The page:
China Holds Two Activists Linked to Heilongjiang Shooting Death

 China Holds Two Activists Linked to Heilongjiang Shooting Death Activist Wu Gan stages protest outside Jiangxi High Court, May 19, 2015.
Photo courtesy of Boxun

Authorities in the eastern Chinese province of Jiangxi have jailed an outspoken social media activist for 10 days, while a second activist is being held at an unknown location after they tried to expose an official cover-up of a police shooting of a petitioner in the northeastern province of Heilongjiang.

However, it wasn't immediately clear whether their activism around the shooting had prompted both detentions, sources close to the two men told RFA.

Outspoken free speech and civil rights activist Wu Gan was detained on Tuesday after he made posters critical of the head of the provincial high court chief, a rights lawyer said on Wednesday.

Activist Wu Gan, known online by his nickname "The Butcher," was detained by police on his way to stage a protest outside the Jianxi People's High Court on Tuesday, lawyer Zhang Weiyu said.

"He said a couple of things that were insulting about [High Court chief] Zhang Xianhou, including putting his photograph on a sandwich board," Zhang said. "They said he was obstructing traffic and was verbally abusive."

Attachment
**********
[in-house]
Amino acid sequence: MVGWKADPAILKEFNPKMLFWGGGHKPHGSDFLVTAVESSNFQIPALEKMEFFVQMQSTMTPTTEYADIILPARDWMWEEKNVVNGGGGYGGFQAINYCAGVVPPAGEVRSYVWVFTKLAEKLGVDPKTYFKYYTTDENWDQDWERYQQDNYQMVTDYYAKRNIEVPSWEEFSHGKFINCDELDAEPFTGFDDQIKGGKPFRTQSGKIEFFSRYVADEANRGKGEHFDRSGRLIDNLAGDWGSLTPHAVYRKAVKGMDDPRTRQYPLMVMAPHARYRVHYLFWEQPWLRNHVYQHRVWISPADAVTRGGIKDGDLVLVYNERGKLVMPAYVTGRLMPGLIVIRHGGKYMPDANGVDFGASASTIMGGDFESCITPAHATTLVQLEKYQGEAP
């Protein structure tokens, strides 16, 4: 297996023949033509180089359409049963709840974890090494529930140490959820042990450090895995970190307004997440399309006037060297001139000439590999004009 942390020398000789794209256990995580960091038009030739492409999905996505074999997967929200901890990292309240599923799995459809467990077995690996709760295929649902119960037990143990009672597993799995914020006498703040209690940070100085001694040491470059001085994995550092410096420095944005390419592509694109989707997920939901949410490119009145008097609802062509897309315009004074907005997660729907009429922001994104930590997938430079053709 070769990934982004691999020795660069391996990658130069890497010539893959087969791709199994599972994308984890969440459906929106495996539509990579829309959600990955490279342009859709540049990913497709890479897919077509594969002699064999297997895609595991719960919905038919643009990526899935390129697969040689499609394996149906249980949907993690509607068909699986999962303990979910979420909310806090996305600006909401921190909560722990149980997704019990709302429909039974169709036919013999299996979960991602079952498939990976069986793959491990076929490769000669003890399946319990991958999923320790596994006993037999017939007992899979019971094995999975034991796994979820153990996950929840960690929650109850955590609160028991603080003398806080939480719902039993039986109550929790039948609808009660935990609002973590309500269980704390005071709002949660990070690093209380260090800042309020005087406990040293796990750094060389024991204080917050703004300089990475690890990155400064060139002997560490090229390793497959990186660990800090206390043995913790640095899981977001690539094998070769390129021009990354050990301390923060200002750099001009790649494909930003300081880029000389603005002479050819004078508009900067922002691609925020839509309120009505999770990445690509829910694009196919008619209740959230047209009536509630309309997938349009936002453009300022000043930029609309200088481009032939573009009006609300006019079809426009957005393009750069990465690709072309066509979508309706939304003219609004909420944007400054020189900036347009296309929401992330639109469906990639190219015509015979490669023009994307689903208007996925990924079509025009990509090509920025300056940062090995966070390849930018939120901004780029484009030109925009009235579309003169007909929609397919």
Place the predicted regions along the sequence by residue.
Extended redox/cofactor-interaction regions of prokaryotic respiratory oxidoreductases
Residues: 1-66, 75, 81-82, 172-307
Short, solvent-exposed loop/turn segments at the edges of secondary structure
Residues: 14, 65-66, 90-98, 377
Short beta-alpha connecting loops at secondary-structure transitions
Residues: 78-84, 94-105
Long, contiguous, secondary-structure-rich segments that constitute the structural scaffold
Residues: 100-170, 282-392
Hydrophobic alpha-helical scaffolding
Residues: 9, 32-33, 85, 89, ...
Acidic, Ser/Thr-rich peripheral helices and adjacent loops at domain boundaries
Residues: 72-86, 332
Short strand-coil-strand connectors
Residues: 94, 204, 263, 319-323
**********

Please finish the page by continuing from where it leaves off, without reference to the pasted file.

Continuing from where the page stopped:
Wu was handed a 10-day administrative sentence by police, which can be handed down to perceived troublemakers without the need for a trial, he said.

A photo of the billboards published by the overseas-based Chinese news website Boxun showed slogans next to Zhang Xianhou's photo calling him "lawless and without humanity," and "acting against the law, party discipline and natural reason."

He was arrested by police from the nearby Dayuan police station, an officer on duty confirmed.

"He is here," the officer said, but said he didn't know the reason for Wu's detention.

No access to evidence

Wu had been protesting against a decision not to allow Zhang Weiyu access to key evidence in an abuse of power rights case centered on Jiangxi's Leping city, Zhang Weiyu said.